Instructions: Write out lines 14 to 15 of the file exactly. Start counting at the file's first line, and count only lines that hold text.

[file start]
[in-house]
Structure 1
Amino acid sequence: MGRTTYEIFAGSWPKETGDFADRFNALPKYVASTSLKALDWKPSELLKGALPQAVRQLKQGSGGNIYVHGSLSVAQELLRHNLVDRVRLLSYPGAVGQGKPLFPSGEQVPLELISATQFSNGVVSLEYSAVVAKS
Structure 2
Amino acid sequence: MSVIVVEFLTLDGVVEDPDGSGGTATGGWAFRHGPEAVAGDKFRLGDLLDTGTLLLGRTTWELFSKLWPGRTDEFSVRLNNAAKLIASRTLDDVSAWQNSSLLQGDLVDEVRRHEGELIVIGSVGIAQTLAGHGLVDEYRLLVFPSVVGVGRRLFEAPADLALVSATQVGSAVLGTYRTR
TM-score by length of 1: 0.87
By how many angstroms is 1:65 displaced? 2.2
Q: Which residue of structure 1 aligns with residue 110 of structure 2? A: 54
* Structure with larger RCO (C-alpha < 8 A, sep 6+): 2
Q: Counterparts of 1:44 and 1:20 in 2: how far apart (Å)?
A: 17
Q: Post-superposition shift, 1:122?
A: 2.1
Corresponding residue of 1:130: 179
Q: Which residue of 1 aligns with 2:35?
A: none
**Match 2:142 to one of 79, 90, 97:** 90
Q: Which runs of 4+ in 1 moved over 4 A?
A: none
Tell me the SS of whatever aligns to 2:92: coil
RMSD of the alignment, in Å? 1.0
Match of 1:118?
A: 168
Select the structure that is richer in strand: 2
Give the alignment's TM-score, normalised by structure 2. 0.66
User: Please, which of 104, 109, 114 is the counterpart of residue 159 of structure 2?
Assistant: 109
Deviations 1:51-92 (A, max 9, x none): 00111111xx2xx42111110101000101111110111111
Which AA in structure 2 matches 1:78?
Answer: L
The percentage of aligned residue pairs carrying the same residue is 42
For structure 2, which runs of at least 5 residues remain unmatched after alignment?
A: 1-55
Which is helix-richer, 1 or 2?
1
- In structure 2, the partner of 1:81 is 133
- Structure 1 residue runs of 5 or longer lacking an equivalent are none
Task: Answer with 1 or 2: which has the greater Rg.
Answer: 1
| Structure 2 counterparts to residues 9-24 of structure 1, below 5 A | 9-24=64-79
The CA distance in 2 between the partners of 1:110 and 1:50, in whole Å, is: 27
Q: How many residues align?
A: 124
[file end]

Corresponding residue of 1:130: 179
Q: Which residue of 1 aligns with 2:35?